The Government response is pitiful. It makes clear that despite the efforts of MPs, campaigners for women's rights, and the experts consulted to highlight how harmful this policy will be, the Government continues to regard the rape clause as necessary and justified in its pursuit of a benefits system that is tailored to the Tory target voters who pay into it, at the expense of those who rely on it. To quote Rachel Krys, co-director of the End Violence Against Women coalition: "this whole policy betrays a lack of understanding about sexual and domestic abuse."

As raised in the consultation on the policy, and subsequently brushed off in the Government response, asking women to re-live the trauma of a rape and to speak of it to a third party just to support a claim for benefits is shocking. The Government has acknowledged that those consulted "were concerned about the claimant having to talk to anyone about their experience" (p.10) and that "many [stated] that it was unacceptable for Government to ask women to re-live the ordeal of a rape just in order to make a claim for benefit" (p.9). The Government response? That the DWP and HMRC will pursue the policy anyway but will be "mindful of the sensitivities involved" (p.9). This, quite simply, is not enough.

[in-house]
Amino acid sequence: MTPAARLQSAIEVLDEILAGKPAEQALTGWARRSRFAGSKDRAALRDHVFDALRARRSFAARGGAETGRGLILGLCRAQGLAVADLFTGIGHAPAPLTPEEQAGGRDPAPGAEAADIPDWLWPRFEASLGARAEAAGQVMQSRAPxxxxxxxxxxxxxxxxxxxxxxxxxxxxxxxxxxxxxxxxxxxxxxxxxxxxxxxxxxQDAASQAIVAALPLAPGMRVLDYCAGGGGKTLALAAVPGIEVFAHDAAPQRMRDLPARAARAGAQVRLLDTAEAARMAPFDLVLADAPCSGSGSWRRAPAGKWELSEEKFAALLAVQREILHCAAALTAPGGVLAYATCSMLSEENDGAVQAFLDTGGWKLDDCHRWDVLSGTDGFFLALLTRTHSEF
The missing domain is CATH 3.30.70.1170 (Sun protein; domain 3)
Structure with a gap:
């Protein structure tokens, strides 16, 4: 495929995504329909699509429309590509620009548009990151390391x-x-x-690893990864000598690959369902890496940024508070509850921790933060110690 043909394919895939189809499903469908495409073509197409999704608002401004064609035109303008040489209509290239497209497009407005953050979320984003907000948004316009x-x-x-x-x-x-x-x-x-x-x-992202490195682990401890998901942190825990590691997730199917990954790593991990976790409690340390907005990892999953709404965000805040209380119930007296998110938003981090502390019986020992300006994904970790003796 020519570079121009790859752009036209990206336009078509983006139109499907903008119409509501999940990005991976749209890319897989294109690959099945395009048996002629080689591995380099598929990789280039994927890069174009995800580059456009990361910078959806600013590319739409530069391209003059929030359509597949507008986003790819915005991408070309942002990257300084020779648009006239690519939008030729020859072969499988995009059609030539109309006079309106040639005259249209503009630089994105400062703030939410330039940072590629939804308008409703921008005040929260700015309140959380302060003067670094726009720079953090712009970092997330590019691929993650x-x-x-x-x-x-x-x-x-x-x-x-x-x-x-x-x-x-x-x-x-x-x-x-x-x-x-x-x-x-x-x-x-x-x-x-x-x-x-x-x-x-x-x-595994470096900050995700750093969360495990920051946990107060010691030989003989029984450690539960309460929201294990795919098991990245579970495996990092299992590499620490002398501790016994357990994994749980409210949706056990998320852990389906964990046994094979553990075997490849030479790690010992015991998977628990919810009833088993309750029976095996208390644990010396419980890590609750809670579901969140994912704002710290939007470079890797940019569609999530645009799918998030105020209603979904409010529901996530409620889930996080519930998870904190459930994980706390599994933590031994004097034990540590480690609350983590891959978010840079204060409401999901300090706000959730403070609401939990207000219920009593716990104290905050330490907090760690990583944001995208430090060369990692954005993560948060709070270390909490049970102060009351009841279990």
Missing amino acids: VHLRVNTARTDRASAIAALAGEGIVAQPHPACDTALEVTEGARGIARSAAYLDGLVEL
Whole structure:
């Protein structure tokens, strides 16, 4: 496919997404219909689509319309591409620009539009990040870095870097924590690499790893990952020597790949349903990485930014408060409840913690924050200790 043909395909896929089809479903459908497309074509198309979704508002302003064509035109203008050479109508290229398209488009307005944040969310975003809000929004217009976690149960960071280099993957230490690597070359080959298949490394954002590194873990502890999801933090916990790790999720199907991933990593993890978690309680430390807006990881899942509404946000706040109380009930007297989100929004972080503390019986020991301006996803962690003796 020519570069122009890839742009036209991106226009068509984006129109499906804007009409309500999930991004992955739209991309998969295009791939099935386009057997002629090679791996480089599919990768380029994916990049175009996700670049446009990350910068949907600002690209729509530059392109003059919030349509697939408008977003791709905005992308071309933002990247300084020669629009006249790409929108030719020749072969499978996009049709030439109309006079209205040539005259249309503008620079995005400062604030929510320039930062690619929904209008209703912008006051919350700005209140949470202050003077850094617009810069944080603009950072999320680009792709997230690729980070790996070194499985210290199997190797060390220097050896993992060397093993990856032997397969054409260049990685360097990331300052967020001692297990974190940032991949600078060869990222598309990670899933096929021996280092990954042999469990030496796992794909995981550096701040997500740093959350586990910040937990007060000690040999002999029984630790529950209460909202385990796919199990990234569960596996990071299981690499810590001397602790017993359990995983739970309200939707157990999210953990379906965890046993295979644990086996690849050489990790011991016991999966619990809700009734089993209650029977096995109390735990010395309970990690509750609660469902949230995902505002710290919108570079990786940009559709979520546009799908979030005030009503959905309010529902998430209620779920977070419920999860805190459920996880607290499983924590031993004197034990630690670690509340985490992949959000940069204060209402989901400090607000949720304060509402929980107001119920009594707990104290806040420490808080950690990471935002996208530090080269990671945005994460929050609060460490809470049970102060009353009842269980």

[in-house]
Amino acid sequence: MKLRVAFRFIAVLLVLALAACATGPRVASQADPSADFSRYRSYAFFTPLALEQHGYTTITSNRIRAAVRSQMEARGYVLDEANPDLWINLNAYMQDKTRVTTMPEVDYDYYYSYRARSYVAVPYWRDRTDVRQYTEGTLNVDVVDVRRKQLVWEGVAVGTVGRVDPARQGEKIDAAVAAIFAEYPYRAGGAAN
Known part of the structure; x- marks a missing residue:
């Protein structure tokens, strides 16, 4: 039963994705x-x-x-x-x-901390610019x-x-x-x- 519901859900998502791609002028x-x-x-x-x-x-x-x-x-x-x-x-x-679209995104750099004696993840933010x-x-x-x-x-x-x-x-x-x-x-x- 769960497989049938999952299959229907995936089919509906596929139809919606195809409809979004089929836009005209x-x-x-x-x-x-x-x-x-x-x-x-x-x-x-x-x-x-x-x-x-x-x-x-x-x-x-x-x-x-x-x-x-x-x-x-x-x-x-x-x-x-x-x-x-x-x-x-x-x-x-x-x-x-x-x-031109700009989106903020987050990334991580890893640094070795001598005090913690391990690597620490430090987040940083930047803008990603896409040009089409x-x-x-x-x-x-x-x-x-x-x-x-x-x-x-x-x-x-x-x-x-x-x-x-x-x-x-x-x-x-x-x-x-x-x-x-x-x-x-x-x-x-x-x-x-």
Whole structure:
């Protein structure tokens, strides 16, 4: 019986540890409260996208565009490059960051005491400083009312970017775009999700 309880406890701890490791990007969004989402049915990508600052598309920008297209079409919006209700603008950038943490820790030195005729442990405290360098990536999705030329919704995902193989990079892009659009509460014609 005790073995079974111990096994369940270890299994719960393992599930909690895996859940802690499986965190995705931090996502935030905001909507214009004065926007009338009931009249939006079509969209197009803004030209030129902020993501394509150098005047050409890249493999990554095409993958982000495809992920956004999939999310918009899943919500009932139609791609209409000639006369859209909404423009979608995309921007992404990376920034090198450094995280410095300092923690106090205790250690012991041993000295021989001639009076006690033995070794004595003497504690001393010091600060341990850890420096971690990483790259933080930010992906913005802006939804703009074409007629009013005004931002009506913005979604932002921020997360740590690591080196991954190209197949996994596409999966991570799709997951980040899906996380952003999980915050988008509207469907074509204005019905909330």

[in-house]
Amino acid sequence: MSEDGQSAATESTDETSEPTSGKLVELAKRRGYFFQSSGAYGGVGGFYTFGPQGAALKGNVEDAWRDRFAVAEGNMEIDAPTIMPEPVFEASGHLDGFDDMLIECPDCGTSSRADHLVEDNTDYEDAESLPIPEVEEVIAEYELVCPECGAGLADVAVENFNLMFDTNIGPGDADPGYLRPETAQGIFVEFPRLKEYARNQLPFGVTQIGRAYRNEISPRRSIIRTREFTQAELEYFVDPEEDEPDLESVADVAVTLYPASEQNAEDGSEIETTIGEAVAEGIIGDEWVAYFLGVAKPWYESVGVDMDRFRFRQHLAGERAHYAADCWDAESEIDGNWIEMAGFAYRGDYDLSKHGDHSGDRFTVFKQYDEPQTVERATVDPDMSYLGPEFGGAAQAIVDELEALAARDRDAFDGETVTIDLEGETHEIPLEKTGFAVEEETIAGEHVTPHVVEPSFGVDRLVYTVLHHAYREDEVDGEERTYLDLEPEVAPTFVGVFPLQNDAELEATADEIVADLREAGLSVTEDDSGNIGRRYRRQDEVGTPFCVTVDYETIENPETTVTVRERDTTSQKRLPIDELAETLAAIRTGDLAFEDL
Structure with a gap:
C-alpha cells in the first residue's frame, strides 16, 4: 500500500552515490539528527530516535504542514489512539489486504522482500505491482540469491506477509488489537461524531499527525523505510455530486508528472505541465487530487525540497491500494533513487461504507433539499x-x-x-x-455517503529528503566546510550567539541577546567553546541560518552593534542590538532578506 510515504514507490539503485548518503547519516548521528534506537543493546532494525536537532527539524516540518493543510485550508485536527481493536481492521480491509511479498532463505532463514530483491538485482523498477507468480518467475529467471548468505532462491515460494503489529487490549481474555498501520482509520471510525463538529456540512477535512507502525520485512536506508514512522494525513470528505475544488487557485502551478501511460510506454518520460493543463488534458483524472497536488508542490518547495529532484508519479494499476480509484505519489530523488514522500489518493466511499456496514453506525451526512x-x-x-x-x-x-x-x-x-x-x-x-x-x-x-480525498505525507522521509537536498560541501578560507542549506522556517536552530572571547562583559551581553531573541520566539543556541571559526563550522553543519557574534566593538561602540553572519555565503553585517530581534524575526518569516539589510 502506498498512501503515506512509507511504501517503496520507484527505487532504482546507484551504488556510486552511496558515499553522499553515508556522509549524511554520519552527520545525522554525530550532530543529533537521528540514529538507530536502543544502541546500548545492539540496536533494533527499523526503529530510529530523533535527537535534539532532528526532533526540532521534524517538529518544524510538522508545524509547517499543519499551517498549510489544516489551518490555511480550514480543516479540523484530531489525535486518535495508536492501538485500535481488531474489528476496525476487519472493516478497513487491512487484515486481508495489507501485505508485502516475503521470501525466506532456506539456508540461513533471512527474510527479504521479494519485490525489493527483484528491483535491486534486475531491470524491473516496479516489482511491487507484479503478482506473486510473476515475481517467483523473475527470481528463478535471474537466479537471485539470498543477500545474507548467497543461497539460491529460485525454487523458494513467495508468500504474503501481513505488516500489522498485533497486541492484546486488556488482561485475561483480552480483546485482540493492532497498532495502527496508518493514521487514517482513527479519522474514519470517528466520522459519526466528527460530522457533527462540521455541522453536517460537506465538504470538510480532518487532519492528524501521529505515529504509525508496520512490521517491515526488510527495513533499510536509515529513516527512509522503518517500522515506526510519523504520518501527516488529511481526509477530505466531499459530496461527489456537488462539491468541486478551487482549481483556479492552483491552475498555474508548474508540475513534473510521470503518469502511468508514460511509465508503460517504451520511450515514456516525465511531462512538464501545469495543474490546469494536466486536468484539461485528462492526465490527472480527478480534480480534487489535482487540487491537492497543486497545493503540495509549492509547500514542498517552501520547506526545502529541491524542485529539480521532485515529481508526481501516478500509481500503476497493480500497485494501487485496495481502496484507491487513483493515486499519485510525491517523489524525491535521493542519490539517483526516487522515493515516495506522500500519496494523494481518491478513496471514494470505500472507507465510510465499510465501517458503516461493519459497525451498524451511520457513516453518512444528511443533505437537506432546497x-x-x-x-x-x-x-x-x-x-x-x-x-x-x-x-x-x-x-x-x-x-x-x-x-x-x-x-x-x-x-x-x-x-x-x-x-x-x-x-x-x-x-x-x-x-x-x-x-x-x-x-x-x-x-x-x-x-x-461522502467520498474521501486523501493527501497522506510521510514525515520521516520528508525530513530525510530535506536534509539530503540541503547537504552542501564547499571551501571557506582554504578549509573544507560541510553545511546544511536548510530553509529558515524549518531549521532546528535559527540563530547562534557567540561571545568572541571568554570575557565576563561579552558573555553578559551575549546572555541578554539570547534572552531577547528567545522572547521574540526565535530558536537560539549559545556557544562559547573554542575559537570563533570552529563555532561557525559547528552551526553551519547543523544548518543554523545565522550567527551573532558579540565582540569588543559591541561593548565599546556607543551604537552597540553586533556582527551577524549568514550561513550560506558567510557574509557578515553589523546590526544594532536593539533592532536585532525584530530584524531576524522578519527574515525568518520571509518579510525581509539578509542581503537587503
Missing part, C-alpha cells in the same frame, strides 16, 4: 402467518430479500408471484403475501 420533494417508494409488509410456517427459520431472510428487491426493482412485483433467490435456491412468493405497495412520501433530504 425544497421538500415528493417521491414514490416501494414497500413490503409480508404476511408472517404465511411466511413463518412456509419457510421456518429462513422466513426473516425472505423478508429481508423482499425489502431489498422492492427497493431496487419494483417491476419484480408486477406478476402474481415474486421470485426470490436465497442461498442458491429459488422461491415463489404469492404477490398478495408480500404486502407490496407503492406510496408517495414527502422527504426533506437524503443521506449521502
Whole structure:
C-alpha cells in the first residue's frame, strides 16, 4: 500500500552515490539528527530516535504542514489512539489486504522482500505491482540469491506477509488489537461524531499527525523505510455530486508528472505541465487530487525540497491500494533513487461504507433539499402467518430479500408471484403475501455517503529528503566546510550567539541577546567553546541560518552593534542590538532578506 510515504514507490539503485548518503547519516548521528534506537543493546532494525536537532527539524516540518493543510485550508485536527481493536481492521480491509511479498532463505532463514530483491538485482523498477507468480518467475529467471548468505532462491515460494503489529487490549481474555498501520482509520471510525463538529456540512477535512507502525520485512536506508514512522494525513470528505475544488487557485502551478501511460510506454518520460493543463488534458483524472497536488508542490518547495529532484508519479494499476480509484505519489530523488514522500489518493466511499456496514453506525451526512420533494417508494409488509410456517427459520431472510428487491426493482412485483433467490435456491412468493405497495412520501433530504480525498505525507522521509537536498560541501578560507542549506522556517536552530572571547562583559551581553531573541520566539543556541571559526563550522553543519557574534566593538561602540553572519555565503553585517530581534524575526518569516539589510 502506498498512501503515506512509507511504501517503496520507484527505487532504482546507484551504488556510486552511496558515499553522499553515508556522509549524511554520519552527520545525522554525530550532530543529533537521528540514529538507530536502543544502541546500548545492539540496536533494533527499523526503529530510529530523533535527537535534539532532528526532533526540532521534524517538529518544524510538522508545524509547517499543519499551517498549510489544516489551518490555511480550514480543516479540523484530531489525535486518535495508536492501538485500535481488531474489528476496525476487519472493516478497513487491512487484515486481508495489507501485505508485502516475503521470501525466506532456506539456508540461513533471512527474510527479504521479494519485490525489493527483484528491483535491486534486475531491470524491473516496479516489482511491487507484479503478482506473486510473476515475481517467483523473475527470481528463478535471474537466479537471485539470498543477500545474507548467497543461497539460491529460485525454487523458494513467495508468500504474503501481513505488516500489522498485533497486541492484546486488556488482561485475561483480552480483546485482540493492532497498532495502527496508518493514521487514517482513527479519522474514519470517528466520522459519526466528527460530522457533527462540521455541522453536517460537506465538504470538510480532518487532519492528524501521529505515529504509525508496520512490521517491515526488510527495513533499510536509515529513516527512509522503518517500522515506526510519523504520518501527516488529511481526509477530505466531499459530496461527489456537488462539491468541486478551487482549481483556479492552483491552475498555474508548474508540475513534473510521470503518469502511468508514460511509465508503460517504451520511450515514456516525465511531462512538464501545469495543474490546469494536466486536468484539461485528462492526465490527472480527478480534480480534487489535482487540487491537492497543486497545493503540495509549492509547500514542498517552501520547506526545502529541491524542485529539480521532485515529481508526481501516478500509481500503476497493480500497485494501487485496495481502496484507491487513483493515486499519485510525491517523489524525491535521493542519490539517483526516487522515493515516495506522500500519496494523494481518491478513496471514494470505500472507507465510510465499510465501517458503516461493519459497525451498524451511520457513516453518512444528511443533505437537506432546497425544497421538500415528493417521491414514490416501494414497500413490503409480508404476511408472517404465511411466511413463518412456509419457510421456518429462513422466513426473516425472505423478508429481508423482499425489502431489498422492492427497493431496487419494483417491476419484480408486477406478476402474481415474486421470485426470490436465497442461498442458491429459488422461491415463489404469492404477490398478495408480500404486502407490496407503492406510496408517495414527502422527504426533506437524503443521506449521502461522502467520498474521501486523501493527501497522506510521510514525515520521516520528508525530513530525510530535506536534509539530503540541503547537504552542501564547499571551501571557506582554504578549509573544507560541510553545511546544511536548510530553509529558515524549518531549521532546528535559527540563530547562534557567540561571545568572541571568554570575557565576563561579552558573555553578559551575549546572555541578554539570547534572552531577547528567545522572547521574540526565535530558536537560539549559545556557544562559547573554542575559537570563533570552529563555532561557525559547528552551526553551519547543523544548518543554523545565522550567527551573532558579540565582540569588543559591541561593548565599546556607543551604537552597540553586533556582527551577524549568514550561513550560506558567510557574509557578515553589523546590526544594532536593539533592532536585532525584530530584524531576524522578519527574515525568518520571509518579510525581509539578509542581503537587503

The very idea of a third party deciding whether or not the claimant has demonstrated that she was raped necessitates an assessment of her story in some fashion, which would be an incredibly traumatic experience to force a rape survivor to go through. Forcing a survivor to speak to anyone at all about her rape it, let alone a third party professional in the context of a tax credit assessment, shows a lack of understanding on the part of the Government of the stigma attached to sexual assault, and of the long-term mental health implications of sexual assault on the survivor. Women who have been assaulted (when they do speak out) are routinely not believed; if a rape survivor is in need of such an assessment, it can be deduced that she did not go to the police previously and so her reasons for doing this - whatever they may be - must be considered. Our "mindful and sensitive" Government's policy, however, places the onus again on the survivor to seek out a police officer, social worker, counsellor, or other approved professional to justify her story to, in full knowledge that her claim may be invalidated.